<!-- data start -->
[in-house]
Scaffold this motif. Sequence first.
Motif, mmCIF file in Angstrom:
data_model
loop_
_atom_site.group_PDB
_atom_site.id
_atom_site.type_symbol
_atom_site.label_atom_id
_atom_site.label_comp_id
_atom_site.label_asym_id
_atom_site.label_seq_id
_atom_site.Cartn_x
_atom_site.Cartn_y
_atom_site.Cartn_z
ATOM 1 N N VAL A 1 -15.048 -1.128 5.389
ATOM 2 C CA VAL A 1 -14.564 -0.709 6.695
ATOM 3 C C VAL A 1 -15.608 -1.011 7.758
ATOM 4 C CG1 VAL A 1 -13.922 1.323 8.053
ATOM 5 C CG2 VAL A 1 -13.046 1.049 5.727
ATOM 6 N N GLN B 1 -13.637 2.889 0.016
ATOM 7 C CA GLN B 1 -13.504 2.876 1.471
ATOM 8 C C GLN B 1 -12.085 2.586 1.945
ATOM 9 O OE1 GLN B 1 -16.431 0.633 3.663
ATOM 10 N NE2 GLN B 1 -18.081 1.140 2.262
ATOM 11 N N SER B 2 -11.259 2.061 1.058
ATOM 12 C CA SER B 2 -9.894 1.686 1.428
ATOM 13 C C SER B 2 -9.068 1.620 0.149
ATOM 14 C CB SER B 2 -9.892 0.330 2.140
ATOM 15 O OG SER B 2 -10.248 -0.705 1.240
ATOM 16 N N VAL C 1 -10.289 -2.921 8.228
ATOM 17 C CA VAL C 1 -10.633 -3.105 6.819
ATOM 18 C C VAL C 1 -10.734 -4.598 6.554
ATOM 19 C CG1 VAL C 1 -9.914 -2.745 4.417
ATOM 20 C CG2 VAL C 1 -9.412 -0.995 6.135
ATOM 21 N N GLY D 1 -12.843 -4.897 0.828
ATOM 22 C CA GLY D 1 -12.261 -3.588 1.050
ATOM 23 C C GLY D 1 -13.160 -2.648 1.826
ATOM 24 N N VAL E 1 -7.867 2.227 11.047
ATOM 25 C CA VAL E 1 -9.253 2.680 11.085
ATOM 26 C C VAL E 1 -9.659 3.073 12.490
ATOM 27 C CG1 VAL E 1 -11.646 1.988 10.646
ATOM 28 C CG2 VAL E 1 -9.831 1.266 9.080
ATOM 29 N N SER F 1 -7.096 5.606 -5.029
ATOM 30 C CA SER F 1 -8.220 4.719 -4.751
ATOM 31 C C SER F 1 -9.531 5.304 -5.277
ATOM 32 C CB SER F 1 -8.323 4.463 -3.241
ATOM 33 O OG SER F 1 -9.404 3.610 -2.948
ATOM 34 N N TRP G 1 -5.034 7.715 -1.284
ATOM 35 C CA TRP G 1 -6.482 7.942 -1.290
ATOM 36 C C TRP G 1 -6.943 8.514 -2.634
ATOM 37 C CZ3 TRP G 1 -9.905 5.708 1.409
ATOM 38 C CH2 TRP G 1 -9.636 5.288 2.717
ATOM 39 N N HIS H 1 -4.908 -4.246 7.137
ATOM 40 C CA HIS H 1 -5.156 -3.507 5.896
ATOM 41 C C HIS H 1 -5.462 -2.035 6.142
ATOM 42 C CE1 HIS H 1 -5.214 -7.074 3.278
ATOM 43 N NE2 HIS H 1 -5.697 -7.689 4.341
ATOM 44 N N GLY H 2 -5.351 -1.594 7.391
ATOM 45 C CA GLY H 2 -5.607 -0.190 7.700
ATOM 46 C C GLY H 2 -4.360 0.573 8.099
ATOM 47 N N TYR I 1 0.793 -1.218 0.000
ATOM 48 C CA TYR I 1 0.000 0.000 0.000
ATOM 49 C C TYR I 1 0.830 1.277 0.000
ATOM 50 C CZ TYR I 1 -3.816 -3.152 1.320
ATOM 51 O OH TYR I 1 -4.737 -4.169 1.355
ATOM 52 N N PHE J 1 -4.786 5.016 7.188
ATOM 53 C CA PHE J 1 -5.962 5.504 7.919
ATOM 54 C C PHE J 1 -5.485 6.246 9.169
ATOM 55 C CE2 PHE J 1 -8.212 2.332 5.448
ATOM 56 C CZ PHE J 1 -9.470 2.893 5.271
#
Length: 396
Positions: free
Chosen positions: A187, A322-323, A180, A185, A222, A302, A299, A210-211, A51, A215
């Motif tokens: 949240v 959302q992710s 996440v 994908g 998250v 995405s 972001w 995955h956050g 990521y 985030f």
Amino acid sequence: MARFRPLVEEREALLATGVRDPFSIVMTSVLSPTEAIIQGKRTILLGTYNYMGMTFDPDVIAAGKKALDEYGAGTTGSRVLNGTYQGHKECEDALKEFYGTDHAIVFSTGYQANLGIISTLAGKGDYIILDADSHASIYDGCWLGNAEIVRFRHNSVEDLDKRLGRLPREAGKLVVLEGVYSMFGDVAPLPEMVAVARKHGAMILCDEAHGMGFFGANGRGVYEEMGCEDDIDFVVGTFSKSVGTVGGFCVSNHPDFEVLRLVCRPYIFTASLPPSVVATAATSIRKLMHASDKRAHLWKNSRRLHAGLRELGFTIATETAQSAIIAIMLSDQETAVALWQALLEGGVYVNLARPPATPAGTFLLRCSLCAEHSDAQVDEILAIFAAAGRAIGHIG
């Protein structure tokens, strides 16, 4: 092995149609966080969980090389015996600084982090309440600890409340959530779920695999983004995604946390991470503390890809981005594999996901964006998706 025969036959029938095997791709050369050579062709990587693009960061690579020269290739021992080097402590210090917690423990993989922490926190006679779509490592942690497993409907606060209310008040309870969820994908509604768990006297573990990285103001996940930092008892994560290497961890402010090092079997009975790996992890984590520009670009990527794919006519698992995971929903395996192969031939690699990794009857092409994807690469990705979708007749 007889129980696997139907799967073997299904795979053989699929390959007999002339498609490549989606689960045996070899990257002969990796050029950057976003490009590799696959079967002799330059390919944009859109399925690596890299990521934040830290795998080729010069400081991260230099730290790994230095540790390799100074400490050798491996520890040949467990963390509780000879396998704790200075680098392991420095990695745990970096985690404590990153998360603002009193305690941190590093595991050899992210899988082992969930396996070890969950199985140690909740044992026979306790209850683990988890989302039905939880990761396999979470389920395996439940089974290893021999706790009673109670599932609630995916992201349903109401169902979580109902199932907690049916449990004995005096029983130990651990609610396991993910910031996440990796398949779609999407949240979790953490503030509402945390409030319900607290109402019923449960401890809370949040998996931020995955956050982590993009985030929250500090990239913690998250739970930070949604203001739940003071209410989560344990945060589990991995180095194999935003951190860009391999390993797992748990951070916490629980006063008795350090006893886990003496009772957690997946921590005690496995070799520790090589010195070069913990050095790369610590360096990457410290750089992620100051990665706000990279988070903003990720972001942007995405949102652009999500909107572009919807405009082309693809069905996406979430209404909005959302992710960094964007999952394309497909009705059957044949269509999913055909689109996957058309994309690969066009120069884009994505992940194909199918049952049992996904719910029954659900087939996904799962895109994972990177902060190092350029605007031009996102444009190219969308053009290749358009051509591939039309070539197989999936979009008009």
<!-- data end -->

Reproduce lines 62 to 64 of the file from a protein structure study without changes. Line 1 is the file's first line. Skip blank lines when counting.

ATOM 47 N N TYR I 1 0.793 -1.218 0.000
ATOM 48 C CA TYR I 1 0.000 0.000 0.000
ATOM 49 C C TYR I 1 0.830 1.277 0.000